Session: 651. Multiple Myeloma and Plasma Cell Dyscrasias: Basic and Translational: Poster I
Hematology Disease Topics & Pathways:
Plasma Cell Disorders, Diseases, Metabolism, Lymphoid Malignancies, Biological Processes
Materials and methods. MM cell lines harboring CD38 positive and negative fractions (KMS-12BM, KMS-11) were sorted according to CD38 expression. Intracellular NAD+ and NADH concentrations between CD38 positive and negative cells were analyzed using NAD/NADH Assay kit. CD38 positive and negative MM cells were subjected to metabolome and proteome analysis using Shimadzu TQ8050 GC–MS/MS and TripleTOF 5600 respectively. Metabolites and proteins significantly enriched in CD38 negative MM cells were analyzed using MetaboAnalyst and Metascape. Cell cycle status between CD38 positive and negative cells were determined by flow cytometry after staining by BRDU and 7AAD. CD38 positive MM cell lines (NCI-H929 and KMS-12PE) and patient derived bone marrow cells were treated with 78c, a CD38 NADase inhibitor, in vitro. MM cell viability were determined by flow cytometry post Annexin V and PI staining. Differences in metabolites between 78c treated and control MM cell lines were also analyzed using Shimadzu TQ8050 GC–MS/MS.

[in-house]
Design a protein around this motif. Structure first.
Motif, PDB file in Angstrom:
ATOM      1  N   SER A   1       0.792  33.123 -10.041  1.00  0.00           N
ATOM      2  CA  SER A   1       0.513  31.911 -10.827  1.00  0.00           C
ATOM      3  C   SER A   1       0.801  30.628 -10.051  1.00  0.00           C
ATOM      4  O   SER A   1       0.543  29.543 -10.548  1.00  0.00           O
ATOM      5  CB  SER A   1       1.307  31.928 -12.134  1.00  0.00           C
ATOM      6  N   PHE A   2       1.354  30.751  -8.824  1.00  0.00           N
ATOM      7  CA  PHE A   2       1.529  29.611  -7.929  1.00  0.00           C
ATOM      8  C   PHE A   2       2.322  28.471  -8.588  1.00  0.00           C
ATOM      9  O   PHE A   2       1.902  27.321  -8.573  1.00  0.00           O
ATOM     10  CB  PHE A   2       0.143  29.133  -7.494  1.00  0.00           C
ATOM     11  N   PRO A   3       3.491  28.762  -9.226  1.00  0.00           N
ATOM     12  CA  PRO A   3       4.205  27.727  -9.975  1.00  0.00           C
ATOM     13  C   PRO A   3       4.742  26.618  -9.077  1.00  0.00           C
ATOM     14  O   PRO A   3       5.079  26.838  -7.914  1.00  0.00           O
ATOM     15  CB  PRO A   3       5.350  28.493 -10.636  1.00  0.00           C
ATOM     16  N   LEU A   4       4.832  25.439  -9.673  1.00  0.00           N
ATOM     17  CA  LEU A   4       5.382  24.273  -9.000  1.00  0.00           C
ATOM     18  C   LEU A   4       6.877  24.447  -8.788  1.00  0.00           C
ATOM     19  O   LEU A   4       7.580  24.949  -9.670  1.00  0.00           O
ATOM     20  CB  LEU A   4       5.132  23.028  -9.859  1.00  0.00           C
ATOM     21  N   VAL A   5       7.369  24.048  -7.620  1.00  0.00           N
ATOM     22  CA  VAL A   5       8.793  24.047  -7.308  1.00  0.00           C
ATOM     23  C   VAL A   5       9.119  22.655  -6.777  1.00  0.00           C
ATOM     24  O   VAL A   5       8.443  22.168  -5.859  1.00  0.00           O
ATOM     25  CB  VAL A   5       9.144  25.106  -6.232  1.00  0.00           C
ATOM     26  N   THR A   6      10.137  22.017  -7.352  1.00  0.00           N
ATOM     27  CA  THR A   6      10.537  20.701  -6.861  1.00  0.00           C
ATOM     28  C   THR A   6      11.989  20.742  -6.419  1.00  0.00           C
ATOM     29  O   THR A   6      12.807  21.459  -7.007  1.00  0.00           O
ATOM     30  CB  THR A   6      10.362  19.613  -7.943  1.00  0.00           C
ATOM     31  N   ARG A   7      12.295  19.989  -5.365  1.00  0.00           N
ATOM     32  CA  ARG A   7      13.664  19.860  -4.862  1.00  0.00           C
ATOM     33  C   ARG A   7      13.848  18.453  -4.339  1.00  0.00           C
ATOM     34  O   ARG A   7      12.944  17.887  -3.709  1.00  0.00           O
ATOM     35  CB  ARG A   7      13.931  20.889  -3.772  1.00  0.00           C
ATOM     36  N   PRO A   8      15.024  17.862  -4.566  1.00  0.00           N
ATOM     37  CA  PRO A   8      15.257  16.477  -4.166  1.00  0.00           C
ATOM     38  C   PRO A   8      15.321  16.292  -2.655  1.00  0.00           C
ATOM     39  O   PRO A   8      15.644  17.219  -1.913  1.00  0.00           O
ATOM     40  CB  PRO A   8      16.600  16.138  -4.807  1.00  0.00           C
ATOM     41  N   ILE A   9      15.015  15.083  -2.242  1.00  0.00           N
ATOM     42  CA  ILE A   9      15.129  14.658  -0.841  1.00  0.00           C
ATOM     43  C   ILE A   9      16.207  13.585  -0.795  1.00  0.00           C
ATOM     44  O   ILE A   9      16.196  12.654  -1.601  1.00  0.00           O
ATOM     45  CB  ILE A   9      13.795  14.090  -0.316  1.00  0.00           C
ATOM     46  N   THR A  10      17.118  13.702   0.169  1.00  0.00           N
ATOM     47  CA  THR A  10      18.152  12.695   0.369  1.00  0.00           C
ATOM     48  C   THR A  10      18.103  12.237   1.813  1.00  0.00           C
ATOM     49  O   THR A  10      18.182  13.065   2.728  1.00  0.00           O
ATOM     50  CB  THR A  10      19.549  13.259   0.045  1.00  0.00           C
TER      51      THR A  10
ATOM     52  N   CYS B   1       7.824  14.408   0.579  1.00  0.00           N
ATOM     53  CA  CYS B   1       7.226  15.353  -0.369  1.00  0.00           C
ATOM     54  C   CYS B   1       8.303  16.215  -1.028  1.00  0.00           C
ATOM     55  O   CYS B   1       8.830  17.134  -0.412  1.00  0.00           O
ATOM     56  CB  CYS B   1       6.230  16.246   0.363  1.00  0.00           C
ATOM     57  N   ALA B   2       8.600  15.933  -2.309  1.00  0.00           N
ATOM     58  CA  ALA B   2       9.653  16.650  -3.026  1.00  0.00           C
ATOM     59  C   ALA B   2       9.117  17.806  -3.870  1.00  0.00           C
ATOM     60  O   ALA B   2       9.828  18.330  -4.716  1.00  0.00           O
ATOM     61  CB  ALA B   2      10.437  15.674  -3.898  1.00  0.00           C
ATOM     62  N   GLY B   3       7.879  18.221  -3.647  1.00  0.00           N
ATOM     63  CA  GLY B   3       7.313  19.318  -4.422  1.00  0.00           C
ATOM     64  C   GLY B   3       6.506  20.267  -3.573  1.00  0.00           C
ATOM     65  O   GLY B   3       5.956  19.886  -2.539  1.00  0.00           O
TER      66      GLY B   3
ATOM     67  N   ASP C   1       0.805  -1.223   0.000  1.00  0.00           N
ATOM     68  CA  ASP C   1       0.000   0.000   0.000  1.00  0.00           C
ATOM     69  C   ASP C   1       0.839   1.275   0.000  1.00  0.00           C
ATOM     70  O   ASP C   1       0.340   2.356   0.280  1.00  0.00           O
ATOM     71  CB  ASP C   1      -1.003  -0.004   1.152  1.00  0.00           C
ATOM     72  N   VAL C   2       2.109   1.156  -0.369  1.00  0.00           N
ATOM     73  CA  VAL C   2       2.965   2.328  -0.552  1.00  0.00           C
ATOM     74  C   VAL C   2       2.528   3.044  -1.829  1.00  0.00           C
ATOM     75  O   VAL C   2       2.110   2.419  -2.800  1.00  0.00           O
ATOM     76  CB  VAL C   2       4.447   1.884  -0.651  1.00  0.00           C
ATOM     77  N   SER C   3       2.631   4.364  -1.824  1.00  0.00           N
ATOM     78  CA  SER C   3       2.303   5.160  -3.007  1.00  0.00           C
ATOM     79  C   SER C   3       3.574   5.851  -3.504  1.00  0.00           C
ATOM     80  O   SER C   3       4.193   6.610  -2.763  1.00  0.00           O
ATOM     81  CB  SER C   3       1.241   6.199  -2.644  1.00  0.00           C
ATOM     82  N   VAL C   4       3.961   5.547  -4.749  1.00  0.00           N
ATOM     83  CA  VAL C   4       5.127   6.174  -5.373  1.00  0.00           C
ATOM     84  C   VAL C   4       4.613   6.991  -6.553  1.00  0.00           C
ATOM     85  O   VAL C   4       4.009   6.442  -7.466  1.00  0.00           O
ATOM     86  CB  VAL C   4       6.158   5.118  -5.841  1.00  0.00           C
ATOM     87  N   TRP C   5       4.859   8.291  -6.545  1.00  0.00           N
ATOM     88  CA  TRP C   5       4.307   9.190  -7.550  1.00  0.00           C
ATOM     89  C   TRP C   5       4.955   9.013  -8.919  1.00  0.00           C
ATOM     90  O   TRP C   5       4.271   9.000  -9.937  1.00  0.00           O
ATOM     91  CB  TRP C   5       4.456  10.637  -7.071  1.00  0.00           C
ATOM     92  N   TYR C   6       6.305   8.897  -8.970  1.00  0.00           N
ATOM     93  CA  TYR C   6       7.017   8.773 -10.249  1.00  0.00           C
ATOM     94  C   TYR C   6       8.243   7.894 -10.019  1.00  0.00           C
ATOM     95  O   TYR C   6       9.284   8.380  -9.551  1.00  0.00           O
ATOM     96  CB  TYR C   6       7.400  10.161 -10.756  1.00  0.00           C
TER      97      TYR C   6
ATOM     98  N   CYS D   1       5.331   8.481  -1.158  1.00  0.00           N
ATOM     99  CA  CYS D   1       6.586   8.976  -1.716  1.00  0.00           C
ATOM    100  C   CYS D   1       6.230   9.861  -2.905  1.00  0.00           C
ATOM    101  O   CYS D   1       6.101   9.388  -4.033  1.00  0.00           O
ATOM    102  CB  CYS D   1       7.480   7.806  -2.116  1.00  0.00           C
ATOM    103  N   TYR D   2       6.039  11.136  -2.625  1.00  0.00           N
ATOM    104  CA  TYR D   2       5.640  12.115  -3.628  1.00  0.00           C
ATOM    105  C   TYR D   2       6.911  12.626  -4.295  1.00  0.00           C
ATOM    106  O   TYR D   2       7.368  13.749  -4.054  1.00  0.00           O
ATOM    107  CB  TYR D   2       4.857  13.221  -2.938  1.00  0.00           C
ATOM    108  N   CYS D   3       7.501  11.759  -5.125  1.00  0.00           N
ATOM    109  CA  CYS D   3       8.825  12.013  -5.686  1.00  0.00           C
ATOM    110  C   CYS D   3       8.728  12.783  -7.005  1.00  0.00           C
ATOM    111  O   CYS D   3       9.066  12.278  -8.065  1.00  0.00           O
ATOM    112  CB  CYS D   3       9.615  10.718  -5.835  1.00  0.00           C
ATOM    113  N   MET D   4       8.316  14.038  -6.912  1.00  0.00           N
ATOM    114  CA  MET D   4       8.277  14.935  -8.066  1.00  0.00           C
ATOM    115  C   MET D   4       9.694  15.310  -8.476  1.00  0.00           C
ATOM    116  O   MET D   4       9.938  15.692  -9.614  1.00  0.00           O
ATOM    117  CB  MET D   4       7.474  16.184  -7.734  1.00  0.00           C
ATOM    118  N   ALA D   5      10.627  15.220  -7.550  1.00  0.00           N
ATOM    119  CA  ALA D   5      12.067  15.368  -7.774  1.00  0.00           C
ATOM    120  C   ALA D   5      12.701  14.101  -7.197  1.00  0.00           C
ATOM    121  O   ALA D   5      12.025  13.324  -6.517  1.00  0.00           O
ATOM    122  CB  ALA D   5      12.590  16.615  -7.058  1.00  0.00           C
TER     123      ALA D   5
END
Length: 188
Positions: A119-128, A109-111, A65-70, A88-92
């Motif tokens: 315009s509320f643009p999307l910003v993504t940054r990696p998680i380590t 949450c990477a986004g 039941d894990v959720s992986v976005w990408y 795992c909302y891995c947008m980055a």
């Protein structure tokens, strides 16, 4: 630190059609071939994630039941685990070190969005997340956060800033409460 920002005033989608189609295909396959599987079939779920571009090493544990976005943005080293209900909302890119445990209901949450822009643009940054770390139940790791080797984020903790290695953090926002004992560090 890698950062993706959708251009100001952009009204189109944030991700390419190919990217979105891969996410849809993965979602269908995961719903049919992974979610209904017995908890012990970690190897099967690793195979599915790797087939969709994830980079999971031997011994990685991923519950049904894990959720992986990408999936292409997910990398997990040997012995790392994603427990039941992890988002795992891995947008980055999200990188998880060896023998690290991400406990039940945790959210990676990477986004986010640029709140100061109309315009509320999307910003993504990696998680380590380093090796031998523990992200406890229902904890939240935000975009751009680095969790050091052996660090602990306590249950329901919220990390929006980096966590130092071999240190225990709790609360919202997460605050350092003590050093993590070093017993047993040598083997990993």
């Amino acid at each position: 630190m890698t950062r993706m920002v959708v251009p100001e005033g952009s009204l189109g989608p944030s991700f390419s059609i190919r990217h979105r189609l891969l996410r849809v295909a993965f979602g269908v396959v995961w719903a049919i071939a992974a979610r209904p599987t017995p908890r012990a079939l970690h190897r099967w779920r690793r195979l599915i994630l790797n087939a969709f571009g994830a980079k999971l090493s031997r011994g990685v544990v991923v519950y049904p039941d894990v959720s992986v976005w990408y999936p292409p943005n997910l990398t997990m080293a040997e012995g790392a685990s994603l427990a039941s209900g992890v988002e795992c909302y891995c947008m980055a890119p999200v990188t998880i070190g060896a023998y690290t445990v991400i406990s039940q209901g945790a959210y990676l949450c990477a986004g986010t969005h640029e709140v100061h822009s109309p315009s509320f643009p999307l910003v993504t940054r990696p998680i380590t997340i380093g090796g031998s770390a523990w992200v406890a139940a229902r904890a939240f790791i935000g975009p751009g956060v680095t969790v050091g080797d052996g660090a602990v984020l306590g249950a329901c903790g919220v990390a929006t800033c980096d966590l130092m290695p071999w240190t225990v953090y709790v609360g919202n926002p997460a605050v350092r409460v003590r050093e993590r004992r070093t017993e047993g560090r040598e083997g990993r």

Results. Higher NAD+ and NAD+/NADH ratio was observed in CD38 negative fraction of MM cell lines compared to their CD38 positive counterparts, demonstrating that cell surface CD38 expression influences intracellular NAD+ concentration. Both metabolome and proteome analysis revealed that CD38 negative cells tend to have higher glycolytic activity compared to CD38 positive cells. Significant suppression of cell cycle, accompanying G0/G1 phase arrest, was observed in CD38 negative MM cells, indicating that metabolic shift in CD38 negative MM cells may lead to change in cell proliferation. Marked increase of NAD+/NADH ratio was observed in 78c treated MM cell lines compared to control, proving that CD38 NADase inhibiton indeed affects intracellular NAD+ concentration in MM cells. 78c was capable of inducing cell death in MM cell lines and patient derived MM cells, accompanying cell cycle arrest. Metabolites significantly upregulated in 78c treated MM cells compared to control were associated with glycolysis, demonstrating that CD38 NADase activity has a significant effect on MM cell metabolism.
Conclusions. CD38 is the major NADase in mammalian tissues, involved in catabolism of NAD+. Although CD38 is highly expressed in normal plasma cells and MM cells, its role in MM cell biology has not been studied in detail. By comparing CD38 positive and negative cells and using CD38 NADase inhibitor, we showed for the first time that CD38 on MM cells decrease intracellular NAD+, reduces intracellular glycolysis and as a result, has an influence on cell cycle. The present study sheds light on the significance of CD38 enzyme activity in MM cell biology and may also contribute to understanding the mechanism of resistance to CD38 targeted therapy.
Disclosures: Kawano: Ono pharmaceutical: Honoraria; Takeda Pharmaceuticals: Honoraria; Bristol Myers Squibb: Honoraria; Sanofi: Honoraria; Janssen Pharmaceuticals: Honoraria.
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